Nightmare in Burgundy (Winemaker Detective Series #3)

Nightmare in Burgundy (Winemaker Detective Series #3)

by Jean-Pierre Alaux, Noël Balen, Sally Pane

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Overview

The Winemaker Detective leaves his native Bordeaux to go to Burgundy for a dream wine tasting trip to France's other key wine-making region. Between Beaune, Dijon and Nuits-Saint-Georges, it turns into a troubling nightmare when he stumbles upon a mystery revolving around messages from another era. What do they mean? What dark secrets from the deep past are haunting the Clos de Vougeot? Does blood need to be shed to sharpen people's memory? A made-for-TV series.

Product Details

ISBN-13: 9781939474278
Publisher: Le French Book
Publication date: 07/31/2014
Series: Winemaker Detective , #3
Sold by: Barnes & Noble
Format: NOOK Book
Sales rank: 965,621
File size: 2 MB

About the Author

Authors:
Jean-Pierre Alaux is a magazine, radio and television journalist when he is not writing novels in southwestern France. He is a genuine wine and food lover, and won the Antonin Carême prize for his cookbook La Truffe sur le Soufflé, which he wrote with the chef Alexis Pélissou. He is the grandson of a winemaker and exhibits a real passion for wine and winemaking. For him, there is no greater common denominator than wine.

Coauthor of the Winemaker Detective series, Noël Balen lives in Paris, where he shares his time between writing, making records, and lecturing on music. He plays bass, is a music critic and has authored a number of books about musicians in addition to his novel and short-story writing.

Translator:
Sally Pane studied French at State University of New York Oswego and the Sorbonne before receiving her Masters Degree in French Literature from the University of Colorado where she wrote Camus and the Americas: A Thematic Analysis of Three Works Based on His Journaux de Voyage.  Her career includes more than twenty years of translating and teaching French and Italian at Berlitz and at Colorado University Boulder. She lives in Boulder, Colorado with her husband.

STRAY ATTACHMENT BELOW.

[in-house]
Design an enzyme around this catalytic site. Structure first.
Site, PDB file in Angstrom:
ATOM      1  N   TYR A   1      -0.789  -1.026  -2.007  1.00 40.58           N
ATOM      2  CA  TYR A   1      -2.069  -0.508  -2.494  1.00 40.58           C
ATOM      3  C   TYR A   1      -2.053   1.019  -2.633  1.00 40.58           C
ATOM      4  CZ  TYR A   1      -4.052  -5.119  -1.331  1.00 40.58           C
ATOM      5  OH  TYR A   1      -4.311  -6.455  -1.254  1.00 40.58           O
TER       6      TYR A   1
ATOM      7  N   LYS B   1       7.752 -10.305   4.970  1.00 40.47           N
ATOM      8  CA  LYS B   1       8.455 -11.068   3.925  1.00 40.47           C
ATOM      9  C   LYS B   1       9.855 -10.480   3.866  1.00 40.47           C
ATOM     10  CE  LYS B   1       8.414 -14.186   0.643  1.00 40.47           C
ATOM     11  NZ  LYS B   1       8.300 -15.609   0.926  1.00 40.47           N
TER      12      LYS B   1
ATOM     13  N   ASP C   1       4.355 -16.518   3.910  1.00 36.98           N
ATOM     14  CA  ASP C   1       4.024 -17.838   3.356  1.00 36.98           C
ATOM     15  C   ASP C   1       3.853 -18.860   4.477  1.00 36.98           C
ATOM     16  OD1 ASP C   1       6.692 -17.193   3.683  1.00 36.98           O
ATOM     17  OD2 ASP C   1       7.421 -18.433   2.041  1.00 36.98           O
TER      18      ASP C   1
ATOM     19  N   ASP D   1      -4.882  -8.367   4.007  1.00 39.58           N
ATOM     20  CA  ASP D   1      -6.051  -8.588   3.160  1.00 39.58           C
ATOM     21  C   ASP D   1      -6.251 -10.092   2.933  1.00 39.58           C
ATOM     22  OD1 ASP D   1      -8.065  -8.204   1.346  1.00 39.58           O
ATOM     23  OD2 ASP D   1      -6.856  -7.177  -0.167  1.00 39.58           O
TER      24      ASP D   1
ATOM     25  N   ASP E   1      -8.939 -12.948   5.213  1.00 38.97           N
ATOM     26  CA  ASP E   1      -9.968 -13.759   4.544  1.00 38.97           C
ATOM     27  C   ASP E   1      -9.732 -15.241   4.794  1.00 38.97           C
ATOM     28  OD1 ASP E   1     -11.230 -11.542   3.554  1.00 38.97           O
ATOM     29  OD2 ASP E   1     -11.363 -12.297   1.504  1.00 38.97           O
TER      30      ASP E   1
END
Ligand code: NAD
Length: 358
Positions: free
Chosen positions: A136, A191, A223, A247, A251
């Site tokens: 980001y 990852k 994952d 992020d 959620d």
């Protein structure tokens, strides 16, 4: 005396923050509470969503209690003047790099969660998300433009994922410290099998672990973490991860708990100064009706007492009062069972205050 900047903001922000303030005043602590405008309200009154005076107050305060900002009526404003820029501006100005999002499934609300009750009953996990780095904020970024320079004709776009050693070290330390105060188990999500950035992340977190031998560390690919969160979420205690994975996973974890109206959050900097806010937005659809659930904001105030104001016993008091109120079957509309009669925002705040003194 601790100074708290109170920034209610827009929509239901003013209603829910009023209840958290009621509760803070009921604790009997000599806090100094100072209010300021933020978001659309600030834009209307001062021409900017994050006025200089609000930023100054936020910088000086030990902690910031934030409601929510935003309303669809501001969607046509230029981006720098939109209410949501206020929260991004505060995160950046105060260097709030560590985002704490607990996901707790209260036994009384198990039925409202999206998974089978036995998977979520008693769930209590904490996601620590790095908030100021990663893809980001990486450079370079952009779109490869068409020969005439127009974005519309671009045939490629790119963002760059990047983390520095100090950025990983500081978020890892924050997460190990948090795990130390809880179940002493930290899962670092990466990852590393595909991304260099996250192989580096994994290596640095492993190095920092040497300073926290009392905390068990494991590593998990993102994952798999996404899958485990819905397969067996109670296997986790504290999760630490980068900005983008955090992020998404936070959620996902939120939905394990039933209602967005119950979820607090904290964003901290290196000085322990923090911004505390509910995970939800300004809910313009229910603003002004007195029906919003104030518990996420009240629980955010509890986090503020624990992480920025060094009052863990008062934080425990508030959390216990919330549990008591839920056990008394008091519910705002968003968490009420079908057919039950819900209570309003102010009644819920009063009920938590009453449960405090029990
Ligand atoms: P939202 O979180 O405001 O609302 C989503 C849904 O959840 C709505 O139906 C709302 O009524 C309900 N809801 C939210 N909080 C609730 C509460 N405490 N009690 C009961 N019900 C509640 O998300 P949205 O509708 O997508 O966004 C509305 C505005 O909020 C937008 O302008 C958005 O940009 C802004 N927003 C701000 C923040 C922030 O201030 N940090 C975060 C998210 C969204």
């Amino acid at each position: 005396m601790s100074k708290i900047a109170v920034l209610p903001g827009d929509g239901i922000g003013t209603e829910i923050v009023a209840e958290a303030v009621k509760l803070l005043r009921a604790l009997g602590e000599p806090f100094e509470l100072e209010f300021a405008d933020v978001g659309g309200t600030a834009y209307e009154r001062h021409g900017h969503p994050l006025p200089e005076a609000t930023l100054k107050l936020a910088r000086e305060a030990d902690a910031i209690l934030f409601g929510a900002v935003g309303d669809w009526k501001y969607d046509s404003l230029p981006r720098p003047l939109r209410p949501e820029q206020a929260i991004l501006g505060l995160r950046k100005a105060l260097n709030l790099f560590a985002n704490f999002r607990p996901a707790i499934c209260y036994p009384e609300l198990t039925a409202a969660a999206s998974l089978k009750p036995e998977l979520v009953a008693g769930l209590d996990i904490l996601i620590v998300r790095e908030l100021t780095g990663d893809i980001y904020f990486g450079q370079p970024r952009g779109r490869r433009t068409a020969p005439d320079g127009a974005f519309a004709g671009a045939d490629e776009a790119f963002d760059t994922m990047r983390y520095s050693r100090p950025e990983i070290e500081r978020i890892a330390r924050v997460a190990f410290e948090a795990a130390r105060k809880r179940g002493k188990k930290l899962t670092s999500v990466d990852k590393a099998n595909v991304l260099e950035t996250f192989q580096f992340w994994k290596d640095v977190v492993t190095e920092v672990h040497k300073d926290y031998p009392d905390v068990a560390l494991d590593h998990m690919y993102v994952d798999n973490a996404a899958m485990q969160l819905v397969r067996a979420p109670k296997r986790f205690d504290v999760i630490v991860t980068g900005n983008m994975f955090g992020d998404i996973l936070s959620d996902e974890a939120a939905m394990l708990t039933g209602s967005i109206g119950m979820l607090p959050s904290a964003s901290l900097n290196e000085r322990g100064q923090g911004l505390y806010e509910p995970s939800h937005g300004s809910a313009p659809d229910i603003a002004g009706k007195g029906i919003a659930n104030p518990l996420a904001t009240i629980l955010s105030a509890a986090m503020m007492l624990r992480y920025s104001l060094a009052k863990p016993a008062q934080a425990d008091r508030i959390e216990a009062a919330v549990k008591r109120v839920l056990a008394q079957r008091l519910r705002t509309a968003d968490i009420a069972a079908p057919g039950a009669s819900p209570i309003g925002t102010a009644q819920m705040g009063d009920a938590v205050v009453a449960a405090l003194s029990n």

Jean-Pierre Alaux is a magazine, radio and television journalist when he is not writing novels in southwestern France. He is a genuine wine and food lover, and won the Antonin Carême prize for his cookbook La Truffe sur le Soufflé, which he wrote with the chef Alexis Pélissou. He is the grandson of a winemaker and exhibits a real passion for wine and winemaking. For him, there is no greater common denominator than wine.
Sally Pane studied French at State University of New York Oswego and the Sorbonne before receiving her Masters Degree in French Literature from the University of Colorado where she wrote Camus and the Americas: A Thematic Analysis of Three Works Based on His Journaux de Voyage. Her career includes more than twenty years of translating and teaching French and Italian at Berlitz and at Colorado University Boulder. She lives in Boulder, Colorado with her husband.

Read an Excerpt

Nightmare in Burgundy

A Winemaker Detective Novel


By Jean-Pierre Alaux, Noël Balen, Sally Pane

Le French Book

Copyright © 2004 Librairie Arthème Fayard
All rights reserved.
ISBN: 978-1-939474-27-8


CHAPTER 1

His head was spinning. For three hours now, he had been sitting at the table between the wife of the ambassador to the Netherlands and a film star whose name he dared not ask for fear of offending her. He vaguely remembered having seen her in a period piece where she played the harpsichord in a château full of mirrors and china. He had to lean in a bit to exchange a few words with the guests across from him. Bunches of red and yellow tulips cluttered the tables. People smiled at each other between the stems.

The dinner was sumptuous, as elegant as it was generous. You could read the satisfaction on the faces of the guests. As the feast continued, attitudes relaxed, looks of collusion replaced polite nods, and witty remarks cut the air with great panache. After savoring a duck pâté accompanied by a Bourgogne Aligoté des Hautes Côtes, perch supreme served with a chilled and fragrant Meursault, and crown loin of veal sprinkled with green peppercorns, along with a 1979 Côte de Beaune Villages, the guests thought the meal was finished. But this was underestimating the hospitality of the venerable knights of the Confrérie des Chevaliers du Tastevin. A cockerel and morel fricassee seasoned with Chambolle-Musigny added to the feast, and no one had trouble finishing it. Meanwhile, the Cadets of Bourgogne, decked out in black caps and wine-merchant aprons, had accompanied the arrival of each dish with a great many wine songs, comical tales, and jovial melodies. Beaming, with sparkling eyes and gleaming whiskers, they bellowed verse after verse at the top of their lungs.

Always drinkers, never drunk,
They go along their way
And thumb their nose at fools who grump.

Always drinkers, never drunk,
They happily proclaim
Their credo without shame.

Always drinkers, never drunk,
They go along their way!